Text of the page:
View Full Version : Ban on Caffeine?

05-11-2006, 07:21 AM
For most endurance athletes, a couple of 100-mg caffeine pills taken an hour or so before a race will increase power output by a few percent. The International Olympic Committee therefore lists caffeine as a banned substance, but the caffeine in such everyday foods as coffee, tea, chocolate, and Coca-Cola has made enforcement of the ban impractical. The IOC has therefore somewhat ambiguously made caffeine also a restricted substance by setting an upper limit on the amount athletes can have in a urine sample. A 70-kg athlete would probably exceed the limit by drinking more than 5 cups of strong coffee or 5 liters of Coke.
Now there's been a call to enforce the absolute ban (Graham, 2001). The reason? Caffeine use is unethical, because caffeine is not a "traditional nutrient", and because some athletes take caffeine "for the express purpose of gaining an advantage". The sentiment is well-intentioned, but the reasoning is illogical. Traditional foods contain caffeine, so caffeine is a traditional nutrient. Athletes train hard, eat well, and buy expensive equipment to gain an advantage, but we aren't about to ban those practices. Sure, there's a sense in which caffeine is a drug, and there's a sense in which use of any drug is unethical, even when there is no known health risk. But when the drug is part of normal food, an absolute ban would be more than a great inconvenience: in my view it is unethical to make athletes change customary dietary behaviors for the sake of sport.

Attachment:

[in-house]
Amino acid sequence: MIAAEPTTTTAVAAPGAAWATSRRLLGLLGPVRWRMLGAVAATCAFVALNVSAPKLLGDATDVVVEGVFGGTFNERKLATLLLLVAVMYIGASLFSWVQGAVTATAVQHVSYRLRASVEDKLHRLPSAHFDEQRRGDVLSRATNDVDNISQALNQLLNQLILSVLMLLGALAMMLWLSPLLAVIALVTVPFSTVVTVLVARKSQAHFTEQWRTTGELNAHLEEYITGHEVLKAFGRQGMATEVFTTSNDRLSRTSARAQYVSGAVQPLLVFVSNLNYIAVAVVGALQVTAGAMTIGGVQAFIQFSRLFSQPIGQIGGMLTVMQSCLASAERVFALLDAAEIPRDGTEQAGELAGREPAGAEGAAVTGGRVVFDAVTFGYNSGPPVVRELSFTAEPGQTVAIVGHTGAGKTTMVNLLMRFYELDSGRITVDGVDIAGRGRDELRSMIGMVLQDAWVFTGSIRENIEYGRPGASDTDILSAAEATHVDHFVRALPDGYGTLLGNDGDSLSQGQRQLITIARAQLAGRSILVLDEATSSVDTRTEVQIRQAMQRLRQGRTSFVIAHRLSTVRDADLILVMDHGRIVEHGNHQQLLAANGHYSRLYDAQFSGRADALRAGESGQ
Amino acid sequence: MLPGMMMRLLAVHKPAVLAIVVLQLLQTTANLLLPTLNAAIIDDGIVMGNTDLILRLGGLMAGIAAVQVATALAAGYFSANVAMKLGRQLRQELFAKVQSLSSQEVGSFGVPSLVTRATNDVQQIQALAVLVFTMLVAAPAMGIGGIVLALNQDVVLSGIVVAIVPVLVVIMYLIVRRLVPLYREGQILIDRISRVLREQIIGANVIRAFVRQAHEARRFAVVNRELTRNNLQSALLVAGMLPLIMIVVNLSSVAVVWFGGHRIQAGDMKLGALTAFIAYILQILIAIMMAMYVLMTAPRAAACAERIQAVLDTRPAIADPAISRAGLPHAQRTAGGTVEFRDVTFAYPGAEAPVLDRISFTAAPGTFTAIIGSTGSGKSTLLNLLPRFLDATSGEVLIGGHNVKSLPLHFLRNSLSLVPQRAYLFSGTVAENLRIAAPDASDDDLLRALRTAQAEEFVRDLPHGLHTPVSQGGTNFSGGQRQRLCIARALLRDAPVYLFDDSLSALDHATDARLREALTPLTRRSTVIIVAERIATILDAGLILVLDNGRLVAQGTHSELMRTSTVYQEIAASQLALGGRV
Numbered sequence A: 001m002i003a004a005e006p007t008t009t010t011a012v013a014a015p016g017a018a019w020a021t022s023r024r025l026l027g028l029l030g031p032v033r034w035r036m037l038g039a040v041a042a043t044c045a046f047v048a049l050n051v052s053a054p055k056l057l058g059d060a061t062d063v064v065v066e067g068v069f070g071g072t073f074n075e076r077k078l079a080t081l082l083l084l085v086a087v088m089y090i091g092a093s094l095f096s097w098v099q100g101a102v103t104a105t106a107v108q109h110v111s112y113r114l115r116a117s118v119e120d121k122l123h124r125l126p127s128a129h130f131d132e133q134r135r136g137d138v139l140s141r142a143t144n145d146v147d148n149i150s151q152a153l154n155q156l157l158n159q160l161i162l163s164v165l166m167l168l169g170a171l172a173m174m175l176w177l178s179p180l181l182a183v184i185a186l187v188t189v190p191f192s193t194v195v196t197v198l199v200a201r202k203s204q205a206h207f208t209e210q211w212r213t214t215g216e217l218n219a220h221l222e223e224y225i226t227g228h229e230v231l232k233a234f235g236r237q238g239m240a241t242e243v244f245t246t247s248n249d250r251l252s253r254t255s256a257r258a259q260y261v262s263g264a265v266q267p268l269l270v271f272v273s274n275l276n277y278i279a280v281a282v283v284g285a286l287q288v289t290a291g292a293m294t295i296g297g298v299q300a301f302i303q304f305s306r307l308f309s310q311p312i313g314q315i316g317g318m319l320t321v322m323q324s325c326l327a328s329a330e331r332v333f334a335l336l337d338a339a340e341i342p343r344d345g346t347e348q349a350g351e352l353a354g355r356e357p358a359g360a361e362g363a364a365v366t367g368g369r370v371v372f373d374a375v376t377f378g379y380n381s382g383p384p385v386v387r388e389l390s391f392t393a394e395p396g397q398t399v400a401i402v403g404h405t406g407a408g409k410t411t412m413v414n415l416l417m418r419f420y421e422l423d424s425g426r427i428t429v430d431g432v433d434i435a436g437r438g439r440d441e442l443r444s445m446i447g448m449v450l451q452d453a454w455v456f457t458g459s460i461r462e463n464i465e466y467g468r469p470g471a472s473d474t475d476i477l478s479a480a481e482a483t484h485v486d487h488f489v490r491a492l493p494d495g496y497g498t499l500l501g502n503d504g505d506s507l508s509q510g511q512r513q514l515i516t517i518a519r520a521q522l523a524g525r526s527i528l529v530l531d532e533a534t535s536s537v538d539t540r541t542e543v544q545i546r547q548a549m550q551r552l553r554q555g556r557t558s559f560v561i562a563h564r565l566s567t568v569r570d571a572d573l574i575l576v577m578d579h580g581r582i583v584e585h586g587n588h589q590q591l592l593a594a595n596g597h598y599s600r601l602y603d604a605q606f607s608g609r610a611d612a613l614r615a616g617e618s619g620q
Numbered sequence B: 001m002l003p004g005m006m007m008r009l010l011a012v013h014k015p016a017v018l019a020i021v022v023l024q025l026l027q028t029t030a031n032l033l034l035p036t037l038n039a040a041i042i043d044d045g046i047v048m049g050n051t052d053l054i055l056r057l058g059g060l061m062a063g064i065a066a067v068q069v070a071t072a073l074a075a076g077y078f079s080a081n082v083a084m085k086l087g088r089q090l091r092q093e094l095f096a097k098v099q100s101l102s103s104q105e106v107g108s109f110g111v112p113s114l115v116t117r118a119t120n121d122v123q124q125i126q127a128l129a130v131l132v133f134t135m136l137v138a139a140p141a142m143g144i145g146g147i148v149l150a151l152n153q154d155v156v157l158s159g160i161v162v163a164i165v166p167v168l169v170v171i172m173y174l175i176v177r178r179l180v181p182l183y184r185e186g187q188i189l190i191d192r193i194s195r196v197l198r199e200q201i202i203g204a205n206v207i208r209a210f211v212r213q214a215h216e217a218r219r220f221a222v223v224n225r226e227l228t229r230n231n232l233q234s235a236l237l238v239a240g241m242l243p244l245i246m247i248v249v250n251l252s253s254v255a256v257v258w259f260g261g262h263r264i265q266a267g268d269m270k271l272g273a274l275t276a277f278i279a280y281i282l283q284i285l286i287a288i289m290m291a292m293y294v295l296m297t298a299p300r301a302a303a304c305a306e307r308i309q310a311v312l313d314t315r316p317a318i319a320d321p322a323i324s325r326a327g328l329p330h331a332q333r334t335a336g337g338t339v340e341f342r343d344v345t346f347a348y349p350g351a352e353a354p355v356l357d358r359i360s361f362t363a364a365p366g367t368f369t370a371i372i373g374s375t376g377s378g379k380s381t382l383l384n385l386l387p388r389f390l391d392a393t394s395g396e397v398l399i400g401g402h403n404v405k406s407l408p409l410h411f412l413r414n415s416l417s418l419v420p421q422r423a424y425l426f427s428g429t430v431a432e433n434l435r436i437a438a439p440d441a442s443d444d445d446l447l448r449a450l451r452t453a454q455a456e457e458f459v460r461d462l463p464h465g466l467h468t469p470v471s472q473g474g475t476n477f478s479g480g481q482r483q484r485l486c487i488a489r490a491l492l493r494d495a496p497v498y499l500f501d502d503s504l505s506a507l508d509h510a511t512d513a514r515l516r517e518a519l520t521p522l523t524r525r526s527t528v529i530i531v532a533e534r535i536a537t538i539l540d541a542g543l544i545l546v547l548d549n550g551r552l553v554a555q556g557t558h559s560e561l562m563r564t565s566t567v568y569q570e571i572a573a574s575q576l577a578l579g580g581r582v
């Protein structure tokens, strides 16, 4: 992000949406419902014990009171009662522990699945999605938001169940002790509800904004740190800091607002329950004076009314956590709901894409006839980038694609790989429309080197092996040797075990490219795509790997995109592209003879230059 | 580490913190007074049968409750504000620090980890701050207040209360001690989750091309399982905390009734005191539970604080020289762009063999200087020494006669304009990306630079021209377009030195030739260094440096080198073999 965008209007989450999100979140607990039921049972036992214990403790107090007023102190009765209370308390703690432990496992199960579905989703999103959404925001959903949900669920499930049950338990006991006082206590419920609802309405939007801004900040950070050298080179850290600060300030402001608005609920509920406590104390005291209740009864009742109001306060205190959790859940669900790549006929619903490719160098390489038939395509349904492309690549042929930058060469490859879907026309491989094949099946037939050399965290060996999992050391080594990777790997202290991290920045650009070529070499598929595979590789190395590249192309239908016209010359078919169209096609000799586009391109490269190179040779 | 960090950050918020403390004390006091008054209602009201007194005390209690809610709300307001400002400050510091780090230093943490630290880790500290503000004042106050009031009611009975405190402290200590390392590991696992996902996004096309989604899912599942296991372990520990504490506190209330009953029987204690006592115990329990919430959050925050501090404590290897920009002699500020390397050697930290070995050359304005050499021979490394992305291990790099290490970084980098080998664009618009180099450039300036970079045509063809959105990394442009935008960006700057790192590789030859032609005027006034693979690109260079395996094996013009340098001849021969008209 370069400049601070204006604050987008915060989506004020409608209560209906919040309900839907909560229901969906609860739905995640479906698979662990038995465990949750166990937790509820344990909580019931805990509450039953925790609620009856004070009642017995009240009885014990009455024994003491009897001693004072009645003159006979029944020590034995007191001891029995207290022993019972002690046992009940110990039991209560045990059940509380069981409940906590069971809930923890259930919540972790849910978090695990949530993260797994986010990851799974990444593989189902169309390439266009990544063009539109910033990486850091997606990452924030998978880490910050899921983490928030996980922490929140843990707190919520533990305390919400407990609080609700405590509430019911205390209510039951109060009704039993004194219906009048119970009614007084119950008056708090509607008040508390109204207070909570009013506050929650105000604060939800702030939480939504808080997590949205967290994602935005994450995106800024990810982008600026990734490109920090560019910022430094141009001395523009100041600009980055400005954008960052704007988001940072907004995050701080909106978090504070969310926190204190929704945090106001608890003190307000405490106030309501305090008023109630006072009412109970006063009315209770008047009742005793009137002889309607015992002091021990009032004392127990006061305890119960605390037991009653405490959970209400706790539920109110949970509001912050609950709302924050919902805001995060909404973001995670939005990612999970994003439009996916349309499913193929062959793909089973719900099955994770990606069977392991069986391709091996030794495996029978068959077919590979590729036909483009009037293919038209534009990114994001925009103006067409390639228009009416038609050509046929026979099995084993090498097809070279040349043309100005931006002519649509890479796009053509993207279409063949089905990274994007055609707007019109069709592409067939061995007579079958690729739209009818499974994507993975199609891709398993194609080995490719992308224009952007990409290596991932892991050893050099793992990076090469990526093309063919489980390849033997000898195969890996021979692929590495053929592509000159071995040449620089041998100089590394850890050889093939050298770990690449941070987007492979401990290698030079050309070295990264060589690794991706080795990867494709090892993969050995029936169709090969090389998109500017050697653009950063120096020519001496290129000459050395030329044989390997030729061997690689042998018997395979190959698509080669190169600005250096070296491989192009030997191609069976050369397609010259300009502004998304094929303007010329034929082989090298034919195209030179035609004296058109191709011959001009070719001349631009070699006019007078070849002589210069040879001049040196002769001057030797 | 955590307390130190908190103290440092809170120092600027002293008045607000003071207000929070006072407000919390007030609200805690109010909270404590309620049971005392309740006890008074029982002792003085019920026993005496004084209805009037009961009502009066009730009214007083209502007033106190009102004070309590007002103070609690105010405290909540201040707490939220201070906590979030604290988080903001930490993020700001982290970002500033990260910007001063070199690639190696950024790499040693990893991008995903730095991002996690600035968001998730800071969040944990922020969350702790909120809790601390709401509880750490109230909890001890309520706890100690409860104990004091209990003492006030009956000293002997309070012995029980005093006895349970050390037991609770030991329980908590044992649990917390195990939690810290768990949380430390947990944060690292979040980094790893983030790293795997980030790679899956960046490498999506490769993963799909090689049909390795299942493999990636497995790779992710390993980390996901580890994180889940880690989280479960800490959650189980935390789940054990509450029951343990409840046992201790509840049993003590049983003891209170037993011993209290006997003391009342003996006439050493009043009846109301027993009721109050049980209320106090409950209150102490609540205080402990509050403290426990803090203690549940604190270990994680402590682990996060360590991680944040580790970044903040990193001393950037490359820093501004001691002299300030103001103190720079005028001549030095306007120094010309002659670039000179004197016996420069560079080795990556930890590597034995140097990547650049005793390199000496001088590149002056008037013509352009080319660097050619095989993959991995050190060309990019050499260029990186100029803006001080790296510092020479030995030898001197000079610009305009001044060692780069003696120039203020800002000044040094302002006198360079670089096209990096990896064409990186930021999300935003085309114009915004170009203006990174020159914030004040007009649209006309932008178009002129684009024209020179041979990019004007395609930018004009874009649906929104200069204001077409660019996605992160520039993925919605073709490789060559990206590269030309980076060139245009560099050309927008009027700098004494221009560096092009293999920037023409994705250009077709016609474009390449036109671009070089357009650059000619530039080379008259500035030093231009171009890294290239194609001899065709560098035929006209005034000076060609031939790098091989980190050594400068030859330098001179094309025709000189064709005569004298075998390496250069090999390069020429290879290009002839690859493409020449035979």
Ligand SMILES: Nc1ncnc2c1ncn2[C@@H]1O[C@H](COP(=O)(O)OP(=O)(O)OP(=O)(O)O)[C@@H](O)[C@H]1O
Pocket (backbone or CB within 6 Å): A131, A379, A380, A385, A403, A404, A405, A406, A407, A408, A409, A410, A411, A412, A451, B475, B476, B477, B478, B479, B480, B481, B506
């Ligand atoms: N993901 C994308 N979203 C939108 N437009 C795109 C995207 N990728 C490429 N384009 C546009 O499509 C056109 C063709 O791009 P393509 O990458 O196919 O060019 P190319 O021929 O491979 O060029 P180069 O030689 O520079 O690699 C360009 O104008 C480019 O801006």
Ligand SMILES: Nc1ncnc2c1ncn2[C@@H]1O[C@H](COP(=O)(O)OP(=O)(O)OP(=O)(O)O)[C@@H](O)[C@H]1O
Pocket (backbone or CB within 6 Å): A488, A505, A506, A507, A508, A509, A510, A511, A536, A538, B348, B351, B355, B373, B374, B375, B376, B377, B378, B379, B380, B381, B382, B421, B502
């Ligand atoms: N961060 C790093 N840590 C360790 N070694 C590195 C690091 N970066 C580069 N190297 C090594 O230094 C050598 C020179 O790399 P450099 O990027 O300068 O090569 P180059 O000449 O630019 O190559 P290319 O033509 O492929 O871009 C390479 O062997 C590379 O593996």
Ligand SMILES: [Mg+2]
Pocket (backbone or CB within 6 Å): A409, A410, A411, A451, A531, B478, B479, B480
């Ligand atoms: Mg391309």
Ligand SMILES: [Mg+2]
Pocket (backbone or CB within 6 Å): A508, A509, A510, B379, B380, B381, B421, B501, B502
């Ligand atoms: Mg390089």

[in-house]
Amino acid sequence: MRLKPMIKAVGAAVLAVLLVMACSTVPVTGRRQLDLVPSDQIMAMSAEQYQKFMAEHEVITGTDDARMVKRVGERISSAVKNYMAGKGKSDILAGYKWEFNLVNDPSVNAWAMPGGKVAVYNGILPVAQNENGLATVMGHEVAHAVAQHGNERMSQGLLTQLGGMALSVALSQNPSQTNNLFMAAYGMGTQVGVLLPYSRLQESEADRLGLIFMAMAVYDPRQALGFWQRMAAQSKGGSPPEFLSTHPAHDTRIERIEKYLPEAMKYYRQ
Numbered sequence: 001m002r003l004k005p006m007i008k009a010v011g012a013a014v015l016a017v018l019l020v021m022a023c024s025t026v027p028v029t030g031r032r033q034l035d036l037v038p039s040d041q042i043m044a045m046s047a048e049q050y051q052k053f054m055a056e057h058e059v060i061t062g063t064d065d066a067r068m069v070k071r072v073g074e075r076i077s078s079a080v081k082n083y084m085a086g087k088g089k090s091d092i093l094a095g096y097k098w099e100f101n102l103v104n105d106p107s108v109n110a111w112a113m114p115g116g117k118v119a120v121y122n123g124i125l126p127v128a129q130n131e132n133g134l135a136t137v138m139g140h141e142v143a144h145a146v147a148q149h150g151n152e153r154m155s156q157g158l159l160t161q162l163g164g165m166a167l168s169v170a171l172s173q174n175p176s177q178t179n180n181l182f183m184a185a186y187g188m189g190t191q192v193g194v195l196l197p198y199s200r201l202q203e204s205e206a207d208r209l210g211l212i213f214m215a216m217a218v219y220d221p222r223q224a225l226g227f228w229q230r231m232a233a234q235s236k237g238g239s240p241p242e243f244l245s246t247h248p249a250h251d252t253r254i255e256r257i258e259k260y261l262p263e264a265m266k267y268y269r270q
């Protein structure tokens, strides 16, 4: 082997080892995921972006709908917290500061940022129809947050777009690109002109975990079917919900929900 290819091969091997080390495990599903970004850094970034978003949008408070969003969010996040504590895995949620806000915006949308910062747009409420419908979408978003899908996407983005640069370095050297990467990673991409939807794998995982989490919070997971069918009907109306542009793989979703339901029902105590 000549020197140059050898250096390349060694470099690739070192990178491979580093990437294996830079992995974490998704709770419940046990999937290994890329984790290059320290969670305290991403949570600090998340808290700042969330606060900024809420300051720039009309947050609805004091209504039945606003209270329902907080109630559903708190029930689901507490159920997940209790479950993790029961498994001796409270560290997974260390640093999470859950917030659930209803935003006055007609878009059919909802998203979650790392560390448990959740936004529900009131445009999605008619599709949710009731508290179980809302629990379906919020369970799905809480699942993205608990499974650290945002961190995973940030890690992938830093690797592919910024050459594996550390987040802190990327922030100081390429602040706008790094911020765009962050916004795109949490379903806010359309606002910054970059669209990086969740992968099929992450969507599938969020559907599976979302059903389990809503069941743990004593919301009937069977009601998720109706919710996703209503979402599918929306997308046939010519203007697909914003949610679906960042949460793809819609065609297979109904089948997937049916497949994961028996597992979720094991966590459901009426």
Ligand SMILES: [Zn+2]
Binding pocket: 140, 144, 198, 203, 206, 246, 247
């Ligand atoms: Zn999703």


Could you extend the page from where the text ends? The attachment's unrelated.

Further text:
It would be appropriate to ban deliberate use of pure caffeine, but it’s unlikely anyone can develop a urine or blood test that would distinguish between the synthetic caffeine in capsules and the natural caffeine in the normal diet. The caffeine in drinks containing extracts of guarana berries would also be a problem. These drinks probably work better than coffee, which contains something that partly counteracts the ergogenic effect of caffeine. Guarana drinks are nevertheless natural, if not traditional, fare that should not be banned.

08-17-2006, 10:36 AM
That is very interesting. I was not aware that caffiene even had a ban for the Olympic Runners. It makes sense that if you don't have it and they take a high dose you are going to gain an edge. You learn something new everday! :D

06-07-2007, 06:54 AM
caffeine is a stimulant...
so um not surprised its banned.